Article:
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Rift Valley
Githui said NLC had agreed to compensate the squatters after the annexed mediation came to a positive conclusion.

The fate of over 10,000 squatters seeking compensation for 86,000 acres of land irregularly allocated by the State in 1993 now hangs in the balance.

Lawyers representing the squatters and the National Land Commission (NLC) told Deputy Registrar of the High Court Margaret Kyalo that they were yet to sign a consent decree as directed and that they should be given more time to continue with consultations.

A consent decree is an agreement or settlement that resolves a dispute between two parties without admission of liability (in a civil case).

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The squatters had sued NLC over the land in Mau Narok that they had bought from the Government in 1993 but claim it was irregularly allocated to other people.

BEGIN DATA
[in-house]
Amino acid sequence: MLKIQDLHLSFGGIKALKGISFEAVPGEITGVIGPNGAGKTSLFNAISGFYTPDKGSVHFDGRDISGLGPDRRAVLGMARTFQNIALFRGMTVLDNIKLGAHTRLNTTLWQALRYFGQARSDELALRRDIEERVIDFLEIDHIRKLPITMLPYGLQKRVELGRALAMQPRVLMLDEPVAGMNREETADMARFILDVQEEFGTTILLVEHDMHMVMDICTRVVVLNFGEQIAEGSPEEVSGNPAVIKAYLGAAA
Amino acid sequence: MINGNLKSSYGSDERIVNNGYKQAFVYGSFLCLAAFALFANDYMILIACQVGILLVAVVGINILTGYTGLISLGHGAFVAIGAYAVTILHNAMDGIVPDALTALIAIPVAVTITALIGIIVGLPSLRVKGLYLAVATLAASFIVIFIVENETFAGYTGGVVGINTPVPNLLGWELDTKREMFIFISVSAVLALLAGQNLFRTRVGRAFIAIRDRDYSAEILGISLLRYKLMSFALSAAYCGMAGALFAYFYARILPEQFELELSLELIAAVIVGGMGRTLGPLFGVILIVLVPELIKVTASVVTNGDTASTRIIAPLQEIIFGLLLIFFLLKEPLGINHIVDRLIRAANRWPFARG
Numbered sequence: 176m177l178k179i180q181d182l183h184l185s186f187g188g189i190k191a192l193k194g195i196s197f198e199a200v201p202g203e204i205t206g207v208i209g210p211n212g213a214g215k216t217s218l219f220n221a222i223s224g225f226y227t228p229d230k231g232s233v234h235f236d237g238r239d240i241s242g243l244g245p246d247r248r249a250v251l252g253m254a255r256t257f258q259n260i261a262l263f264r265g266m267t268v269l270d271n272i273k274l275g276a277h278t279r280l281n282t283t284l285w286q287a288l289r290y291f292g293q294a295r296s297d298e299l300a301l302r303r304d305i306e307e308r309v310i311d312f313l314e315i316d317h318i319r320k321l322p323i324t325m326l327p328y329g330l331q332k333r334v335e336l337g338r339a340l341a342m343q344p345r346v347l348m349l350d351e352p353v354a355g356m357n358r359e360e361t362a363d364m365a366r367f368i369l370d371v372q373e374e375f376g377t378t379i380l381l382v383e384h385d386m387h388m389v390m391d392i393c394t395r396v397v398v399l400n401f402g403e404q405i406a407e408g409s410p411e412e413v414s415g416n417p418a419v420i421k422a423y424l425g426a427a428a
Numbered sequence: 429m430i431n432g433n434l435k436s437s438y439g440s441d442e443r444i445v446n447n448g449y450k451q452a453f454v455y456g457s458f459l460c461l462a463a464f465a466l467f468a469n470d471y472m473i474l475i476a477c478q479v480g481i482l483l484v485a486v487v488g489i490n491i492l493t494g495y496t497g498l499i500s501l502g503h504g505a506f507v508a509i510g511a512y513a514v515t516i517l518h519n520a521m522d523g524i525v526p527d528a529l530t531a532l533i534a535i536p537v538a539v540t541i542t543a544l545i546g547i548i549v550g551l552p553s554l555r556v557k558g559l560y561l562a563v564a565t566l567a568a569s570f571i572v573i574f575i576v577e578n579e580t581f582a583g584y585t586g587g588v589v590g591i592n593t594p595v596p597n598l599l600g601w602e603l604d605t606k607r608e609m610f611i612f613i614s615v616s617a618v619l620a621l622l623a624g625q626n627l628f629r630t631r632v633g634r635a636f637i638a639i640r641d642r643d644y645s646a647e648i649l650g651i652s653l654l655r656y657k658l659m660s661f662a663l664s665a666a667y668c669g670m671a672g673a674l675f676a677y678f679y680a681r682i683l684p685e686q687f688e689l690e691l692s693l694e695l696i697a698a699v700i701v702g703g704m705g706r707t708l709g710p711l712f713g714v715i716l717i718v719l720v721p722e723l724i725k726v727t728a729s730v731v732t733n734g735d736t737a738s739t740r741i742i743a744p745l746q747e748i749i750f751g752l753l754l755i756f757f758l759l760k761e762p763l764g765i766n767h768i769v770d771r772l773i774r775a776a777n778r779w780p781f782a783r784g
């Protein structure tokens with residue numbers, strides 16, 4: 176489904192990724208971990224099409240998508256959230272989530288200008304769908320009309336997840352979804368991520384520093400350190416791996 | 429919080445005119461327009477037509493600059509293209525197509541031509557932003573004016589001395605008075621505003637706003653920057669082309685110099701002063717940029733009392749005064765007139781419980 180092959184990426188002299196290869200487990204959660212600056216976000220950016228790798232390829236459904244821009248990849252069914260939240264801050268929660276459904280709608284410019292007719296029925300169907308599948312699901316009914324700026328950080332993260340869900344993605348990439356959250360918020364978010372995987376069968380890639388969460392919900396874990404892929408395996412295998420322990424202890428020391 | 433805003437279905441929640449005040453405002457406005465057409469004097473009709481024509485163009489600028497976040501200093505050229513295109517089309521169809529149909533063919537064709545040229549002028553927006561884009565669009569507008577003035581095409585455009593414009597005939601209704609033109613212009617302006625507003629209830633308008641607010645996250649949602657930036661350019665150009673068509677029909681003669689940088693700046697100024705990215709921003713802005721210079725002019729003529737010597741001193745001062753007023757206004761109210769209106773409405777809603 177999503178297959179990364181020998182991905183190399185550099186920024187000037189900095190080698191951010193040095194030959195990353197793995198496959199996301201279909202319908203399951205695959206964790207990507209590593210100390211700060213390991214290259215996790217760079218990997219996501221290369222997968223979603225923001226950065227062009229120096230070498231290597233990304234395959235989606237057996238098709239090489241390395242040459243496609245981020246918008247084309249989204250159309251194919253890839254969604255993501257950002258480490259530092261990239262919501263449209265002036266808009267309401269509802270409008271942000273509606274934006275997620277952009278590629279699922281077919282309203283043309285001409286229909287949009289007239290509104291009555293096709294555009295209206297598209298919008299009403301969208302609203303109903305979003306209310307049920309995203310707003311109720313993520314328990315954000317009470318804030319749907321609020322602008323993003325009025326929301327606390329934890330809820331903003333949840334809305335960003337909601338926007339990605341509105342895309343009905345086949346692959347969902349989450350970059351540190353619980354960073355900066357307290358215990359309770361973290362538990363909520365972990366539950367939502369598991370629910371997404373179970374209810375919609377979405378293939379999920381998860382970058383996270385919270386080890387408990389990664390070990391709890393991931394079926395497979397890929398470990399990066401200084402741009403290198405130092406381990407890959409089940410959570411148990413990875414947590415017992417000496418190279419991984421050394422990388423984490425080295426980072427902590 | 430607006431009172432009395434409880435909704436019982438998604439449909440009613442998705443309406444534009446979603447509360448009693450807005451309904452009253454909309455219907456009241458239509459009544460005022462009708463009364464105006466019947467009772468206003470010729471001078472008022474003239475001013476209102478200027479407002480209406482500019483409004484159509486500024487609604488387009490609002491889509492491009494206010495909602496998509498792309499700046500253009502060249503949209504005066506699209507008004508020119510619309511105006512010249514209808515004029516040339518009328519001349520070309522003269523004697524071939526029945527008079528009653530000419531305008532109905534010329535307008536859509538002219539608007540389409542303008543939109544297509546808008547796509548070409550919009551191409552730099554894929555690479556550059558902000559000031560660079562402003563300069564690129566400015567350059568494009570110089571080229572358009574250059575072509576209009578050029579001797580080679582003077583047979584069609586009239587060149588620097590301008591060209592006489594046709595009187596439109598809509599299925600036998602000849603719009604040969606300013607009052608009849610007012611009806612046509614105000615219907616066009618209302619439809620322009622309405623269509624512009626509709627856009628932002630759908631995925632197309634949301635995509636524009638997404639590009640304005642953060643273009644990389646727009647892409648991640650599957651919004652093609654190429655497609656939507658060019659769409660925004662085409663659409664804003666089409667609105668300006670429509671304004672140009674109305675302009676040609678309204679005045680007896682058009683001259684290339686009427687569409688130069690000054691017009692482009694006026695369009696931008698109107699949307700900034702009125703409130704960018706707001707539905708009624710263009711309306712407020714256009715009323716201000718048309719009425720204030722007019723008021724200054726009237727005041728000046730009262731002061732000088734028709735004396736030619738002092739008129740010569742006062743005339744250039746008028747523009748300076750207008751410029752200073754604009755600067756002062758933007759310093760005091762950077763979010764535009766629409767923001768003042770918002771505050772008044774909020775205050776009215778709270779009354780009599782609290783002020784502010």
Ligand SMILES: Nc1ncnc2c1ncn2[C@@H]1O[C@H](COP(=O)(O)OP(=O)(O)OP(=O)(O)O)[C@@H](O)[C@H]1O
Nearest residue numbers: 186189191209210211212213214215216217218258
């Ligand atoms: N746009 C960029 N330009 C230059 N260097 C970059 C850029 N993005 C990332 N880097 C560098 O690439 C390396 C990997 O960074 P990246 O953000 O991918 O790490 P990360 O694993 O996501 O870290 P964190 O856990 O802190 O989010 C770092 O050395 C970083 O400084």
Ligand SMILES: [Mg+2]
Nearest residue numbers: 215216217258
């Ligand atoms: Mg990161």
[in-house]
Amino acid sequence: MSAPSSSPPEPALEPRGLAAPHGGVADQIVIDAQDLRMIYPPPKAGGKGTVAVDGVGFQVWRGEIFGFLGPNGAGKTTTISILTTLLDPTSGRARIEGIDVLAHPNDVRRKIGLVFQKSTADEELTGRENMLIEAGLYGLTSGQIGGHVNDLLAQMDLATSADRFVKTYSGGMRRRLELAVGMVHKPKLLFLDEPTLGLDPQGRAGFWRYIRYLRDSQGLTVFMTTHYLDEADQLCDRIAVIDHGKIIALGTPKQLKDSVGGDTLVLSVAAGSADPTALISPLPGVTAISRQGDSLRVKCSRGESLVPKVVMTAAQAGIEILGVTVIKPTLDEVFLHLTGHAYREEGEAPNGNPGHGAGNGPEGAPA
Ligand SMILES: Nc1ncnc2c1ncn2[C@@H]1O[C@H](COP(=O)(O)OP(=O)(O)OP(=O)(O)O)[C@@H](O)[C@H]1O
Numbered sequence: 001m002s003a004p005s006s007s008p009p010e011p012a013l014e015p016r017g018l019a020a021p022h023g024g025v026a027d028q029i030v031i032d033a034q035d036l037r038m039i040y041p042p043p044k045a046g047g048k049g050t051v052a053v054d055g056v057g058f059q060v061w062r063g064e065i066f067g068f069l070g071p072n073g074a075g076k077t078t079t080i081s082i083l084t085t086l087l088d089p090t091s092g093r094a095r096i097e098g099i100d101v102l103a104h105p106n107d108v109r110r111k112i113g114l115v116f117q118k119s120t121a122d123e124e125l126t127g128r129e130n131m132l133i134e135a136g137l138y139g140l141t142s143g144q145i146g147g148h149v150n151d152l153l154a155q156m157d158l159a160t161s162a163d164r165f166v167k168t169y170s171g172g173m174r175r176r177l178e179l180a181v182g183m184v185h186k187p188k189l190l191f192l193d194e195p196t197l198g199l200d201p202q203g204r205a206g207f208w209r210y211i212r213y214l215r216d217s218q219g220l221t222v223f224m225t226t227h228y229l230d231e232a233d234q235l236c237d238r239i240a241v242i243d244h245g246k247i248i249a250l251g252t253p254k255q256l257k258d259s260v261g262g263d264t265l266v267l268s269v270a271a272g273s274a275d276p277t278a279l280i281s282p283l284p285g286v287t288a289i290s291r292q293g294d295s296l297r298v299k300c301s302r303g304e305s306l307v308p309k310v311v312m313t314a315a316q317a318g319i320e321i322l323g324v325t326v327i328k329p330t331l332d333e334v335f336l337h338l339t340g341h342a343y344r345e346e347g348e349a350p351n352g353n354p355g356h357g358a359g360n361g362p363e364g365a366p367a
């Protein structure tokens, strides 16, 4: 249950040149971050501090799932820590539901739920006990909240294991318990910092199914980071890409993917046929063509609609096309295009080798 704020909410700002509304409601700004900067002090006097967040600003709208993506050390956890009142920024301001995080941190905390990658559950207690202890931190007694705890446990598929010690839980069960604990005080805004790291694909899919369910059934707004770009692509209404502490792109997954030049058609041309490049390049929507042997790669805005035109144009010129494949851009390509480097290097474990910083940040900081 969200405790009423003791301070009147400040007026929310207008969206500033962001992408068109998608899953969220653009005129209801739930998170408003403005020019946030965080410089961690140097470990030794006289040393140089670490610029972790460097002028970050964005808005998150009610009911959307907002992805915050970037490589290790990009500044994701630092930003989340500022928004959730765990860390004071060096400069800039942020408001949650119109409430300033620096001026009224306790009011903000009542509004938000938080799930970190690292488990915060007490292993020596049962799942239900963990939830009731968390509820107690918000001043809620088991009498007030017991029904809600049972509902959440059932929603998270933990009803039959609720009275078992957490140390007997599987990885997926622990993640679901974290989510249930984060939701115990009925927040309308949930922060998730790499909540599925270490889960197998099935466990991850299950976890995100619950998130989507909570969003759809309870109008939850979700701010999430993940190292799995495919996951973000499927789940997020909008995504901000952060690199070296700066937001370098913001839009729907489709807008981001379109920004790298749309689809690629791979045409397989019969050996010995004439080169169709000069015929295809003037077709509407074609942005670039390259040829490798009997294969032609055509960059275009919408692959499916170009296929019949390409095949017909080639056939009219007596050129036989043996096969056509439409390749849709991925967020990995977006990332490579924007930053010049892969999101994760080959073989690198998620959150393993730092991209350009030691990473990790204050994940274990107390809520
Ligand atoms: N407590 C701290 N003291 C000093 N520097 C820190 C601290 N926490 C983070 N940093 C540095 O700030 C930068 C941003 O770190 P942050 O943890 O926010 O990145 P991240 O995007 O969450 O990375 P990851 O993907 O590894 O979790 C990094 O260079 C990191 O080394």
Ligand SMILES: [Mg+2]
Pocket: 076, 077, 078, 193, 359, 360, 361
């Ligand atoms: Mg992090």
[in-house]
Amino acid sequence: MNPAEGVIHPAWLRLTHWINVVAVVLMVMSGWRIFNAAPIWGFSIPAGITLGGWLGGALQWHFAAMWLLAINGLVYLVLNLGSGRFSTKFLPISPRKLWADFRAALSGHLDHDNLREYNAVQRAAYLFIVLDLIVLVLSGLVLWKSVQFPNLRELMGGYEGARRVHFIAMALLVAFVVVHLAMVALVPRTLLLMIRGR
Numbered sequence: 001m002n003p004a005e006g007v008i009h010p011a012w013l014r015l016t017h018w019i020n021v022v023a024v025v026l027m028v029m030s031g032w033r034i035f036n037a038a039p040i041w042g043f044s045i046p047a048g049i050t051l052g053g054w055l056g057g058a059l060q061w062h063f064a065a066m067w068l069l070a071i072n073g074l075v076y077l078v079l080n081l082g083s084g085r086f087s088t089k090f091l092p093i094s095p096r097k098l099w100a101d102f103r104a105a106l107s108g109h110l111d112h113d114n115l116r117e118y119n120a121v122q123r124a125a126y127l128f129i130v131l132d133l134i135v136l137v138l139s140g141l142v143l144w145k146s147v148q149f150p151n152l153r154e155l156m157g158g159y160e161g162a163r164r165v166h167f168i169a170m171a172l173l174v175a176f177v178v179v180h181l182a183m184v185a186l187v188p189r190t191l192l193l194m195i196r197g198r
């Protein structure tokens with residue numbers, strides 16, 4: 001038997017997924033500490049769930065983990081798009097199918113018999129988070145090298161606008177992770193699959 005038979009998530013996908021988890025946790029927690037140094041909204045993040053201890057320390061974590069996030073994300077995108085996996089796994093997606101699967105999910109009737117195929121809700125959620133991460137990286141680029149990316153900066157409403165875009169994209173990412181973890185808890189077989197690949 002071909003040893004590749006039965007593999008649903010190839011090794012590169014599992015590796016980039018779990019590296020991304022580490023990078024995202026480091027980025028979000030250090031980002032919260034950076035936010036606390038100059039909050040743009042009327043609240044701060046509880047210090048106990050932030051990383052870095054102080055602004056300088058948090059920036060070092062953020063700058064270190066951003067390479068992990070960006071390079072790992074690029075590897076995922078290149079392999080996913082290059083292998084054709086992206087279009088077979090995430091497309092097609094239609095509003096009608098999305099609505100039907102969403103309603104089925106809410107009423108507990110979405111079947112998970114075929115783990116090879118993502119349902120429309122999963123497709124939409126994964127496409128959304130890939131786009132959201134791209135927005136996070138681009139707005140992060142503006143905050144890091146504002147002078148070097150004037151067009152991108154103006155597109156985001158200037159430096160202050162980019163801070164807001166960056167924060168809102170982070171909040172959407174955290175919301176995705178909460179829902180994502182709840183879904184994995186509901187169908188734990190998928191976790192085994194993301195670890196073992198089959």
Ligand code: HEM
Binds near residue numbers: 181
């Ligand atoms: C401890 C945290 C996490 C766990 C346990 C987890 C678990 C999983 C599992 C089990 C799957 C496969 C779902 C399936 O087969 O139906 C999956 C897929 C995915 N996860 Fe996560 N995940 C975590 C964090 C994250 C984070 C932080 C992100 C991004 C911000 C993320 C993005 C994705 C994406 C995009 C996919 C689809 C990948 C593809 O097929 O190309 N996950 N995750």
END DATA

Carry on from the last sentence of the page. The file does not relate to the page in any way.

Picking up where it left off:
Last Tuesday, the case seemed to have been resolved after an eight-year battle and the squatters were upbeat after their counsel John Githui told court that an agreement came about during the mediation.

Githui said NLC had agreed to compensate the squatters after the annexed mediation came to a positive conclusion.

However, by Monday, the documented report on the consent decree on the settlement of the issues was yet to be prepared.

In February, this year, Justice Rachel Ng’etich had ordered the parties to settle the matter through court annexed mediation after it took note that the case has never proceeded since 2011 when the suit was filed.

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The squatters moved to court in 2011 and sued NLC and the Attorney General, claiming they were never allocated the land despite paying for it.

“The plaintiffs seek payment of Sh17,914,499 for the amount of money spent during the entire process of acquiring land. They also seek compensation for the loss of 86,380 acres of land currently settled on by other people, damages and costs of the suit and interest,” reads the suit.

National Land Commission High Court squatters seeking compensation

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